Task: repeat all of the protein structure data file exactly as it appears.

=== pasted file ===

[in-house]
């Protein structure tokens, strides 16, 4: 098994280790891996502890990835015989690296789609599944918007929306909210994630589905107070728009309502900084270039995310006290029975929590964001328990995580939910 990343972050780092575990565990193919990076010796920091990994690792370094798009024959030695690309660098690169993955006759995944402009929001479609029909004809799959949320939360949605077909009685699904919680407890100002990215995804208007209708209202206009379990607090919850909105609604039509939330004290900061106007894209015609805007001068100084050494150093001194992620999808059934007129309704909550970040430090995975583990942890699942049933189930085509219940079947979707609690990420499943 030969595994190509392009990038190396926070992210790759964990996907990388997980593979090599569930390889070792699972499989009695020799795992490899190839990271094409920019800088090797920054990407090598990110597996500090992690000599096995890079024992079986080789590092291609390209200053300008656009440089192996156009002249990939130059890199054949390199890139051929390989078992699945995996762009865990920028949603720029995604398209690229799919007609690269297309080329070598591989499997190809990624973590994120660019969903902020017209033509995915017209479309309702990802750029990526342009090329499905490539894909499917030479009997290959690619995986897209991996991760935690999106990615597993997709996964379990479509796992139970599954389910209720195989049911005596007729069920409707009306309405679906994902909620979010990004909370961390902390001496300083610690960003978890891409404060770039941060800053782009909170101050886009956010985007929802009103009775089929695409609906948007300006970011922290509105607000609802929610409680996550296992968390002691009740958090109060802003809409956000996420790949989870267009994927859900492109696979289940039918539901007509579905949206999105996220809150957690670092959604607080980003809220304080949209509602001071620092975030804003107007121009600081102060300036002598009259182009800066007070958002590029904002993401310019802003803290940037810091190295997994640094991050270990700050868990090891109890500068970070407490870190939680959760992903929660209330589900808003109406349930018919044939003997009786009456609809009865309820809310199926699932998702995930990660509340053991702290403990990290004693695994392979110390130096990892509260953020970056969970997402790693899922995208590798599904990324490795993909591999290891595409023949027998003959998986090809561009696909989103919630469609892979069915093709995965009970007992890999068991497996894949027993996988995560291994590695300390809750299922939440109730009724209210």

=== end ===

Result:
[in-house]
């Protein structure tokens, strides 16, 4: 098994280790891996502890990835015989690296789609599944918007929306909210994630589905107070728009309502900084270039995310006290029975929590964001328990995580939910 990343972050780092575990565990193919990076010796920091990994690792370094798009024959030695690309660098690169993955006759995944402009929001479609029909004809799959949320939360949605077909009685699904919680407890100002990215995804208007209708209202206009379990607090919850909105609604039509939330004290900061106007894209015609805007001068100084050494150093001194992620999808059934007129309704909550970040430090995975583990942890699942049933189930085509219940079947979707609690990420499943 030969595994190509392009990038190396926070992210790759964990996907990388997980593979090599569930390889070792699972499989009695020799795992490899190839990271094409920019800088090797920054990407090598990110597996500090992690000599096995890079024992079986080789590092291609390209200053300008656009440089192996156009002249990939130059890199054949390199890139051929390989078992699945995996762009865990920028949603720029995604398209690229799919007609690269297309080329070598591989499997190809990624973590994120660019969903902020017209033509995915017209479309309702990802750029990526342009090329499905490539894909499917030479009997290959690619995986897209991996991760935690999106990615597993997709996964379990479509796992139970599954389910209720195989049911005596007729069920409707009306309405679906994902909620979010990004909370961390902390001496300083610690960003978890891409404060770039941060800053782009909170101050886009956010985007929802009103009775089929695409609906948007300006970011922290509105607000609802929610409680996550296992968390002691009740958090109060802003809409956000996420790949989870267009994927859900492109696979289940039918539901007509579905949206999105996220809150957690670092959604607080980003809220304080949209509602001071620092975030804003107007121009600081102060300036002598009259182009800066007070958002590029904002993401310019802003803290940037810091190295997994640094991050270990700050868990090891109890500068970070407490870190939680959760992903929660209330589900808003109406349930018919044939003997009786009456609809009865309820809310199926699932998702995930990660509340053991702290403990990290004693695994392979110390130096990892509260953020970056969970997402790693899922995208590798599904990324490795993909591999290891595409023949027998003959998986090809561009696909989103919630469609892979069915093709995965009970007992890999068991497996894949027993996988995560291994590695300390809750299922939440109730009724209210």